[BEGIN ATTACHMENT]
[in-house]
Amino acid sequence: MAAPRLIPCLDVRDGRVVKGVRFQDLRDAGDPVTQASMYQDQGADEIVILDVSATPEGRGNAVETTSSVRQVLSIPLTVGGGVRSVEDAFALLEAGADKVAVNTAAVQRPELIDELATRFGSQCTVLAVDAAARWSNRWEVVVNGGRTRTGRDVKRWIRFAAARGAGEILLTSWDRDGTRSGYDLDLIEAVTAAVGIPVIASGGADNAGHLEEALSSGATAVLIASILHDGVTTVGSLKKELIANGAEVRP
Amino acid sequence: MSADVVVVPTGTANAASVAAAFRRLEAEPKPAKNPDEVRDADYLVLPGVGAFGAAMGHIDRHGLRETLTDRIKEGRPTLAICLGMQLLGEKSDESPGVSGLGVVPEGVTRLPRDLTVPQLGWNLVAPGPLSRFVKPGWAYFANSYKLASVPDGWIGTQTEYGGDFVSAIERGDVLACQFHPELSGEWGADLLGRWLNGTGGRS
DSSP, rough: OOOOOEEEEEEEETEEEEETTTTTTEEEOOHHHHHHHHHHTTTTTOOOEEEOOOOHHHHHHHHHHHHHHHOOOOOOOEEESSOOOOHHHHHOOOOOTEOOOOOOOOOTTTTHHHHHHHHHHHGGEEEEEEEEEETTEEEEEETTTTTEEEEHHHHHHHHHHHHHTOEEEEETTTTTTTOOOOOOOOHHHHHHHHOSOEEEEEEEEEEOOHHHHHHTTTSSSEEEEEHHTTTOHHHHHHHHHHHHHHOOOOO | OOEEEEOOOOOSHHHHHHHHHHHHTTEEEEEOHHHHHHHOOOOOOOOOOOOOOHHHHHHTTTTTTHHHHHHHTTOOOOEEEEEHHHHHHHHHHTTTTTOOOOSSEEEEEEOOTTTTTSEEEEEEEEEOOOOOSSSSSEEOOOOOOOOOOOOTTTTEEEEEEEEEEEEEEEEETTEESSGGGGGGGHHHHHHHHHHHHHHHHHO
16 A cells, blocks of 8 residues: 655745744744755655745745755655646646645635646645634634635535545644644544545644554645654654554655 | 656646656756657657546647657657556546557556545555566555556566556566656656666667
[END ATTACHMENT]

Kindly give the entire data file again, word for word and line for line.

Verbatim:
[in-house]
Amino acid sequence: MAAPRLIPCLDVRDGRVVKGVRFQDLRDAGDPVTQASMYQDQGADEIVILDVSATPEGRGNAVETTSSVRQVLSIPLTVGGGVRSVEDAFALLEAGADKVAVNTAAVQRPELIDELATRFGSQCTVLAVDAAARWSNRWEVVVNGGRTRTGRDVKRWIRFAAARGAGEILLTSWDRDGTRSGYDLDLIEAVTAAVGIPVIASGGADNAGHLEEALSSGATAVLIASILHDGVTTVGSLKKELIANGAEVRP
Amino acid sequence: MSADVVVVPTGTANAASVAAAFRRLEAEPKPAKNPDEVRDADYLVLPGVGAFGAAMGHIDRHGLRETLTDRIKEGRPTLAICLGMQLLGEKSDESPGVSGLGVVPEGVTRLPRDLTVPQLGWNLVAPGPLSRFVKPGWAYFANSYKLASVPDGWIGTQTEYGGDFVSAIERGDVLACQFHPELSGEWGADLLGRWLNGTGGRS
DSSP, rough: OOOOOEEEEEEEETEEEEETTTTTTEEEOOHHHHHHHHHHTTTTTOOOEEEOOOOHHHHHHHHHHHHHHHOOOOOOOEEESSOOOOHHHHHOOOOOTEOOOOOOOOOTTTTHHHHHHHHHHHGGEEEEEEEEEETTEEEEEETTTTTEEEEHHHHHHHHHHHHHTOEEEEETTTTTTTOOOOOOOOHHHHHHHHOSOEEEEEEEEEEOOHHHHHHTTTSSSEEEEEHHTTTOHHHHHHHHHHHHHHOOOOO | OOEEEEOOOOOSHHHHHHHHHHHHTTEEEEEOHHHHHHHOOOOOOOOOOOOOOHHHHHHTTTTTTHHHHHHHTTOOOOEEEEEHHHHHHHHHHTTTTTOOOOSSEEEEEEOOTTTTTSEEEEEEEEEOOOOOSSSSSEEOOOOOOOOOOOOTTTTEEEEEEEEEEEEEEEEETTEESSGGGGGGGHHHHHHHHHHHHHHHHHO
16 A cells, blocks of 8 residues: 655745744744755655745745755655646646645635646645634634635535545644644544545644554645654654554655 | 656646656756657657546647657657556546557556545555566555556566556566656656666667